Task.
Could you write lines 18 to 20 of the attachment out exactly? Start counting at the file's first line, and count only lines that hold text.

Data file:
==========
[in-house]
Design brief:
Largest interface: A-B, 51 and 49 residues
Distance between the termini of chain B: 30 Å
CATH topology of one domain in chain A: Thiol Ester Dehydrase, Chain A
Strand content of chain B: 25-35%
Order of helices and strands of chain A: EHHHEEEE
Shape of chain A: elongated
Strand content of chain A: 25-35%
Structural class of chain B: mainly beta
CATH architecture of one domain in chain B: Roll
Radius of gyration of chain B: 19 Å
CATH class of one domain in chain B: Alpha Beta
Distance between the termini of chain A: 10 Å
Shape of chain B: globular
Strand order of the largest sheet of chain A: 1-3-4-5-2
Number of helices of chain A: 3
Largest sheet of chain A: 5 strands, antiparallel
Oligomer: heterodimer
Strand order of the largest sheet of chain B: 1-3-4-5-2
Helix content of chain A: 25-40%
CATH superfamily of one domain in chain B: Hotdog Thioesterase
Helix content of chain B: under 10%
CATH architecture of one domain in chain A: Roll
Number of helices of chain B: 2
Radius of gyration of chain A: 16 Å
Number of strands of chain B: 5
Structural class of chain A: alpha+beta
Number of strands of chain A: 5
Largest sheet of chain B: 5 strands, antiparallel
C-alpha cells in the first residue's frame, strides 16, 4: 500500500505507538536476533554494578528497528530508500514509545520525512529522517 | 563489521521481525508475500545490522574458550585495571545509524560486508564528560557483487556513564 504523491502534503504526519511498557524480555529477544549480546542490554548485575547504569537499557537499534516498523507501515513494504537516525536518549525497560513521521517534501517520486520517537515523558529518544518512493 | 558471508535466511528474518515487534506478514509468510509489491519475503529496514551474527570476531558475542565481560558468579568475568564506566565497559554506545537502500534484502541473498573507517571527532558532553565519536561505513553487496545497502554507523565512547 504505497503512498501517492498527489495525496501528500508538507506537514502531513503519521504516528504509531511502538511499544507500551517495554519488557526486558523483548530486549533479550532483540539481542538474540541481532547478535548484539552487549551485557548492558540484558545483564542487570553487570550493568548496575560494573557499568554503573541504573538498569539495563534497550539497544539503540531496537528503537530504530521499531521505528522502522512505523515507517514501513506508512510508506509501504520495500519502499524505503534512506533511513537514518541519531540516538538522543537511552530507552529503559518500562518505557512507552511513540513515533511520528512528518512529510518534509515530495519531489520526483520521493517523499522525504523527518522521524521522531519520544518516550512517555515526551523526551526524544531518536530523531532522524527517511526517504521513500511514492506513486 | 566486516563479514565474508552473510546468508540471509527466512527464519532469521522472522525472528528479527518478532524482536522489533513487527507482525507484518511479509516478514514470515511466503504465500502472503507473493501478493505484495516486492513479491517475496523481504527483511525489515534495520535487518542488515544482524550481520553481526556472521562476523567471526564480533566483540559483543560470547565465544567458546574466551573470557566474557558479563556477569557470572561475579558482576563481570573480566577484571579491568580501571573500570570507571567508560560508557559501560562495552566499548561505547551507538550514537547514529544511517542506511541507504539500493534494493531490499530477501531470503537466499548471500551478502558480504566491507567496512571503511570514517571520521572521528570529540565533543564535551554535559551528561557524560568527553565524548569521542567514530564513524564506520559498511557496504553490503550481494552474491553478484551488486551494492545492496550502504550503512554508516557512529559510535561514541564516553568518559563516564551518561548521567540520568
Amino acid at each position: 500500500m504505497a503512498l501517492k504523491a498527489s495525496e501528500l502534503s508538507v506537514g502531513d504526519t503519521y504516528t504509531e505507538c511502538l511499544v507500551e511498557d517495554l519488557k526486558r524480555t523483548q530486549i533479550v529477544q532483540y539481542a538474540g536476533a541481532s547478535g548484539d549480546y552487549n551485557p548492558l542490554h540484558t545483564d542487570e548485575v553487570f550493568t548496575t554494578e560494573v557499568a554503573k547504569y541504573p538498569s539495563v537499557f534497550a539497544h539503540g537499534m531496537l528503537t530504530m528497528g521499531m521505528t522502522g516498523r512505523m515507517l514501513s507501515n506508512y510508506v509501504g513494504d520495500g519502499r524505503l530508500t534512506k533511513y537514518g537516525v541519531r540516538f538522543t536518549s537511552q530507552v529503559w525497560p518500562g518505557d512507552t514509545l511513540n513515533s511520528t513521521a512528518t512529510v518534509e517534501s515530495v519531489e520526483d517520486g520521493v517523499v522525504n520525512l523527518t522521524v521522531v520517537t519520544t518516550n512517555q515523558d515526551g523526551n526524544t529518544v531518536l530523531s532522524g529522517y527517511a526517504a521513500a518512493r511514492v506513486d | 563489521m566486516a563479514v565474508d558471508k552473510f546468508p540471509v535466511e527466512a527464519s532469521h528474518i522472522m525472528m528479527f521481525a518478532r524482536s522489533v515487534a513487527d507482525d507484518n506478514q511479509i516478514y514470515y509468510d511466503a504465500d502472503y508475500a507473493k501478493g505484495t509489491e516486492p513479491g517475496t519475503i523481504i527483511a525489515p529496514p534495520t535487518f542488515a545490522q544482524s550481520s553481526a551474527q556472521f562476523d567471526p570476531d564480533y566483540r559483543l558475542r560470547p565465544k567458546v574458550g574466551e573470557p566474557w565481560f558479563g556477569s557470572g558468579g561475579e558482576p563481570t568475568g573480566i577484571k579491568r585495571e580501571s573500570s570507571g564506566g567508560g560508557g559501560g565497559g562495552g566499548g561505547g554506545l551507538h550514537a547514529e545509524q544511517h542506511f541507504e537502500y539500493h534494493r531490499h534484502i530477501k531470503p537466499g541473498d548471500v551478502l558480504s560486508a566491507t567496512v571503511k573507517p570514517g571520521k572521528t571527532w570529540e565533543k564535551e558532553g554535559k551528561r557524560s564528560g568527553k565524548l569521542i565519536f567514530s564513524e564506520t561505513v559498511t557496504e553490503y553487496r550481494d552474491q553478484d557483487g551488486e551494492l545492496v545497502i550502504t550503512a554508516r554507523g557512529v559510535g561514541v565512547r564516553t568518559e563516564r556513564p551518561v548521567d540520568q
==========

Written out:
Largest sheet of chain A: 5 strands, antiparallel
Oligomer: heterodimer
Strand order of the largest sheet of chain B: 1-3-4-5-2